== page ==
Analysts predict that the attacks were initiated with spear-phishing emails against bank employees, which led to compromise of the bank’s network.



There are multiple versions of the Fastcash Trojan, each of which appears to have been customized for different transaction processing networks. The samples are associated with legitimate primary account numbers, or PANs – the 14 or 16-digit numerical strings found on bank and credit cards that identify a card issuer and account number.






The malicious code inserted by Lazarus attackers searched for references tied to attacker-controlled accounts, then returned fraudulent information about those accounts in response to balance inquiries made by the Switch application server.



In simpler words, the validation requests prior to cash withdrawal did not reach the bank for authentication and verification of bank balance. Instead, the communication was spoofed by the attackers and fake responses were generated that made ATMs spit out cash even from the accounts having zero balance.





Analysts believe that HIDDEN COBRA (Lazarus) actors exploited the targeted systems by using their knowledge of International Standards Organization (ISO) 8583—the standard for financial transaction messaging—and other tactics. HIDDEN COBRA actors most likely deployed ISO 8583 libraries on the targeted switch application servers. These libraries can be exploited by malicious threat actors to help interpret financial request messages and properly construct fraudulent financial response messages.



Analysts believe HIDDEN COBRA actors blocked transaction messages in order to stop denial/decline messages from leaving the switch and used a GenerateResponse* function to approve the transactions.



“In order to permit their fraudulent withdrawals from ATMs, the attackers inject a malicious [AIX] executable into a running, legitimate process on the switch application server of a financial transaction network, in this case; a network that handles ATM transactions,” analysts say.



The malicious executable contains logic to construct fraudulent ISO 8583 messages, which is the international standard for financial transaction messaging. The IBM AIX executable files were designed to conduct code injection and inject a library into a currently running process.



It is believed that the North Korean government funds these attacks to combat international sanctions imposed over its weapons’ development and testing programs. Apart from Lazarus, another major wave of attacks was launched by the APT38 which is also said to be associated with the North Korean government.



Here’s a detailed coverage of APT38 cyber espionage.






Organizations should configure system logs to detect incidents and to identify the type and scope of malicious activity. Continuous monitoring of all the activity on the network is essential to pinpoint any cyber espionage targeting an organization.





Lazarus has previously earned an International reputation as one of the largest groups of cybercriminals targeting the financial sector.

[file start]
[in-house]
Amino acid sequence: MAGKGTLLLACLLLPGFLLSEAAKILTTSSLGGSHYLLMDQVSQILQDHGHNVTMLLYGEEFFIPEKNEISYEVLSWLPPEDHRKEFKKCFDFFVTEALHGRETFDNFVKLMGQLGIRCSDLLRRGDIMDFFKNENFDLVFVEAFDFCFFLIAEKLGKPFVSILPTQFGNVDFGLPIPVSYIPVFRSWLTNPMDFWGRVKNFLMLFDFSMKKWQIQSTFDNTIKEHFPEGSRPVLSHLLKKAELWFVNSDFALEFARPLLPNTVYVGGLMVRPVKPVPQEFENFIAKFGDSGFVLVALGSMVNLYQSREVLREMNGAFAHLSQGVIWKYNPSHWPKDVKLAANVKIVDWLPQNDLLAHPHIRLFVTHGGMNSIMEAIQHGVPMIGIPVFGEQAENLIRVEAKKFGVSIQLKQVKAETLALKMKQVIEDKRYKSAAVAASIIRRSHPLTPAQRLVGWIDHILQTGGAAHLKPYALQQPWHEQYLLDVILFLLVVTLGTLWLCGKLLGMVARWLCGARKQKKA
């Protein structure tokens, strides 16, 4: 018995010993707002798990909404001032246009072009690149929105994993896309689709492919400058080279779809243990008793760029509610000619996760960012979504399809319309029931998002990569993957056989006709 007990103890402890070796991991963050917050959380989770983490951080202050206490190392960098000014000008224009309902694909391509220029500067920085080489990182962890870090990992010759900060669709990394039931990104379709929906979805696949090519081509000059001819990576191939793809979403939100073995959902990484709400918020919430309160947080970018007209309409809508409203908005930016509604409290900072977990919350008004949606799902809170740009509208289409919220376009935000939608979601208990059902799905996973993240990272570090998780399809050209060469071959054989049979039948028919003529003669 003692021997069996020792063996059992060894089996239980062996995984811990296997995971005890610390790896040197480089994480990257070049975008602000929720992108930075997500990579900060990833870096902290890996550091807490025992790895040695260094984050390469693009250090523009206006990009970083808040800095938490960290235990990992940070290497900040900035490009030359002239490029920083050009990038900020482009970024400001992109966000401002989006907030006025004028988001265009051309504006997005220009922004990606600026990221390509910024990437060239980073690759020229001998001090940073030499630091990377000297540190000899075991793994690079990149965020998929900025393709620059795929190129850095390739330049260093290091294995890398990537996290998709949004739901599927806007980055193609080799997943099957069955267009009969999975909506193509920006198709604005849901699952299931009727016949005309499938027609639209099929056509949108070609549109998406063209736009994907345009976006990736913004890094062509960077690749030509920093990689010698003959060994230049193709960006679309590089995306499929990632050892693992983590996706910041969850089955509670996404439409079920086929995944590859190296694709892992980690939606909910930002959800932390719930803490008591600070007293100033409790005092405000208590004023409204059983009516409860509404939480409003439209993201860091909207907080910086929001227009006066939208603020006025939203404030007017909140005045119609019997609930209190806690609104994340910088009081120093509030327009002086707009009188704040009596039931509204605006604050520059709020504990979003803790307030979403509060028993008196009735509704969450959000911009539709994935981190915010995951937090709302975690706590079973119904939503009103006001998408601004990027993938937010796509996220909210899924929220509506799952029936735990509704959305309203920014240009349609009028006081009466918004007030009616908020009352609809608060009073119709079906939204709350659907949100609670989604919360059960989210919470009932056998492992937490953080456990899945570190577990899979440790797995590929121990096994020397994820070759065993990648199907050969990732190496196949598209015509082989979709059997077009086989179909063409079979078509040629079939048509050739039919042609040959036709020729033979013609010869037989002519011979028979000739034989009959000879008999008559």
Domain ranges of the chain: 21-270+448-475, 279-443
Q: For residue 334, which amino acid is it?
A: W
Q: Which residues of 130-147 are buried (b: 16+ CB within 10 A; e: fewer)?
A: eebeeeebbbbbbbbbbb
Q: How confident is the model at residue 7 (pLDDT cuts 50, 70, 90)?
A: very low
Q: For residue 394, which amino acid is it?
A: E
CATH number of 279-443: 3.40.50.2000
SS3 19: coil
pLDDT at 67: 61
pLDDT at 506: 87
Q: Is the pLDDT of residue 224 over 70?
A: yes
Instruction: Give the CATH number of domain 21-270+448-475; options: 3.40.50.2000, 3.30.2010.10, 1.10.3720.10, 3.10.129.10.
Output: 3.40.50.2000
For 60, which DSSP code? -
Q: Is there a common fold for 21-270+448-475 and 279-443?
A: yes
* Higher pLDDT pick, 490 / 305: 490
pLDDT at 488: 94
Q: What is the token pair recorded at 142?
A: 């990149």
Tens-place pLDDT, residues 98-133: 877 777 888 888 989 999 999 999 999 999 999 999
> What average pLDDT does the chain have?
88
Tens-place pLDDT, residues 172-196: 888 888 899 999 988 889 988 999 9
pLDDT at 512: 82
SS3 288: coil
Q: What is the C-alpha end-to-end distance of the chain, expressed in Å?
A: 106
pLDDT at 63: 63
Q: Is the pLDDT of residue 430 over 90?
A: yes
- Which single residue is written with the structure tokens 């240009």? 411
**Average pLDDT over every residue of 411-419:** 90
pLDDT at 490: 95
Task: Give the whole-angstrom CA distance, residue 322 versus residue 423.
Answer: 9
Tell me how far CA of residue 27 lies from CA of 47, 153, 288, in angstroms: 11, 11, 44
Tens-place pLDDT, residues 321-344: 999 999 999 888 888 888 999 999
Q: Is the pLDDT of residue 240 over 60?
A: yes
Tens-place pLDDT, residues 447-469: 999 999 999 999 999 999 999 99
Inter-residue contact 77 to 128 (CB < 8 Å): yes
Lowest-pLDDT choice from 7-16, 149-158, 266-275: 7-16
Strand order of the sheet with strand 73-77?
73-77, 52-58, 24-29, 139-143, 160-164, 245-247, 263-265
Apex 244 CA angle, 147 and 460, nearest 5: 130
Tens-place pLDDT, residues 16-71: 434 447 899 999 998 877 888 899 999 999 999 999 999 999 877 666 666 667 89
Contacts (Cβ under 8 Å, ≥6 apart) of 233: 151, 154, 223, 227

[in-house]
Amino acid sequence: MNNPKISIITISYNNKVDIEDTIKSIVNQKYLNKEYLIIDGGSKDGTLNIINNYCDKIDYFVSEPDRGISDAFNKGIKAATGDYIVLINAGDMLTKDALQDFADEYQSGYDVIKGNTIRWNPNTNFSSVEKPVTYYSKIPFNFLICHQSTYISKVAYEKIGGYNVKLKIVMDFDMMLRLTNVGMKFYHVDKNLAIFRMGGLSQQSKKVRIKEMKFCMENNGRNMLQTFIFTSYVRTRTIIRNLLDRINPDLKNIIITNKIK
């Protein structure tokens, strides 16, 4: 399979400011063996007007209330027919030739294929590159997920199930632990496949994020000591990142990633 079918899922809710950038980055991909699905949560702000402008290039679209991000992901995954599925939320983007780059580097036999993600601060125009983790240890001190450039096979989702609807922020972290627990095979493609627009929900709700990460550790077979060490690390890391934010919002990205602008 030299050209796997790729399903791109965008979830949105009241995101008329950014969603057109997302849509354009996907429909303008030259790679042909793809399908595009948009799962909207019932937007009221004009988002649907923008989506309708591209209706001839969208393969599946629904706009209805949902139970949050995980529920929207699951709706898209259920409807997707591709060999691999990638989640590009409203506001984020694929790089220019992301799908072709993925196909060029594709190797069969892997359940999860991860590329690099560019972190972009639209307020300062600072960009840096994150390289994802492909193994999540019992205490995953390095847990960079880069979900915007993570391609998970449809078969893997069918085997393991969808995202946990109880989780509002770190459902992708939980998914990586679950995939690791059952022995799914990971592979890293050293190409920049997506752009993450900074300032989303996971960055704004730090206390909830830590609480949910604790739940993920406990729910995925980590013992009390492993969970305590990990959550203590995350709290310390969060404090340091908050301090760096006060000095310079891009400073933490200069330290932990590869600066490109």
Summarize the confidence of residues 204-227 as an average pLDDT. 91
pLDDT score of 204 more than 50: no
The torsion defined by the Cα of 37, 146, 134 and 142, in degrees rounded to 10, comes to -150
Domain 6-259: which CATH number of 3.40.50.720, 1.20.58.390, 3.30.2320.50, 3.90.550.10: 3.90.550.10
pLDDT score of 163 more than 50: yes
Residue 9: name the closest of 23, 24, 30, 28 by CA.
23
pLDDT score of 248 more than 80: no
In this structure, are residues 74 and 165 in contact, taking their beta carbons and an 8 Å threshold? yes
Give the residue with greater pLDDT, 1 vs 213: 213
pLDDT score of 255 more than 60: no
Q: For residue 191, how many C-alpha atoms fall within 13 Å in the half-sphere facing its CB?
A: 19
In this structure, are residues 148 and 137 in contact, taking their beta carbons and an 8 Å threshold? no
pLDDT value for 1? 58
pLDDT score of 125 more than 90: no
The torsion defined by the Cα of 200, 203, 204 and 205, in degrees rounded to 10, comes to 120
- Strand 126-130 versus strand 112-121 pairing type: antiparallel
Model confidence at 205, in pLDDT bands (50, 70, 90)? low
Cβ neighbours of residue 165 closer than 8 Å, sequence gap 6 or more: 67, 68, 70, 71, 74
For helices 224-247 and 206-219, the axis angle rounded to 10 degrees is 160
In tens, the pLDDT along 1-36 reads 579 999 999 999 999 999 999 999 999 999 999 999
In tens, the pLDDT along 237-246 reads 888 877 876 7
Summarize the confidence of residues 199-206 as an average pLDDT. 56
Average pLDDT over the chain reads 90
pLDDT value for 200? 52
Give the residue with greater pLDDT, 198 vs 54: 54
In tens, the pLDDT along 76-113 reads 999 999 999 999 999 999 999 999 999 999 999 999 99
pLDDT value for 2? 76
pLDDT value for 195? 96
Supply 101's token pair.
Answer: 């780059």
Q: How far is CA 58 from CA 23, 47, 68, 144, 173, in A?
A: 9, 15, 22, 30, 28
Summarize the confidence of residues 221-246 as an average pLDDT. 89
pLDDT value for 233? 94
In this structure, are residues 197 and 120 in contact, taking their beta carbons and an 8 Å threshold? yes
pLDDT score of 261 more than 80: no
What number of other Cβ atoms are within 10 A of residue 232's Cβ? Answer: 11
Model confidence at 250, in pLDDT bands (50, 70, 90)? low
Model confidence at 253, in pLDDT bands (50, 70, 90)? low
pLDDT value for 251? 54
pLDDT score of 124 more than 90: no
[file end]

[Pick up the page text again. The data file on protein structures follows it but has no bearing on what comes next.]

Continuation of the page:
The Sony Pictures Entertainment hack in 2014; the breach of central bank of Bangladesh’s New York Federal Reserve account leading to $81 million being stolen; the WannaCry ransomware outbreak in May 2017, as well as other crypto-mining incidents are also associated with this hacker group.


The U.S. Government assesses that HIDDEN COBRA actors will continue to use FASTCash tactics to target retail payment systems vulnerable to remote exploitation.


BankIslami hit by Cyber Attack, $6 Million Stolen

Editor’s Note: This post was originally published on 28th October 2018 and is being continuously updated with latest information.


Hackers have waged a sophisticated cyber-attack against BankIslami, an Islamic bank in Pakistan, resulting in the theft of around $6 million via fraudulent payments through ATM and POS from different countries. Reports claim that 5000 accounts have been compromised in this attack and that it might be the biggest cyber-attack in the history of Pakistan.


The alleged security breach first came to light on October 27, when certain abnormal transactions were detected by the bank on one of its international payment card scheme. Also, customers of the bank received automated messages about their payment cards being used in different countries. The bank tried to hide the breach until the hackers possibly used dark web to publish information of payment cards and PINs for sale for about $75. The bank has temporarily shutdown all transactions routing through international payment scheme.


State Bank of Pakistan (SBP) Directives


“As a result of security breach of payment cards of one of the banks in Pakistan yesterday and their unauthorized use on different delivery channels i.e. at ATMs and POS in different countries, the bank has temporarily restricted usage of its cards for overseas transactions,” State Bank said in a statement yesterday.


SBP instructed the affected bank to take all necessary measures to trace the vulnerability and fix it immediately.


The affected bank has also been directed to issue advisory on precautionary measures that should be taken by customers.


  • To make sure that resources are deployed to ensure the 24/7 real-time monitoring of card operations related systems and transactions. Additionally, coordinate immediately with all the payment schemes, switch operators and media service providers integrated with the banks, to identify any malicious activity of suspicious transactions.


  • To foster arrangements to ensure security of all payments cards in the country and monitor on real-time basis the usage activity for their cards, especially for overseas transactions.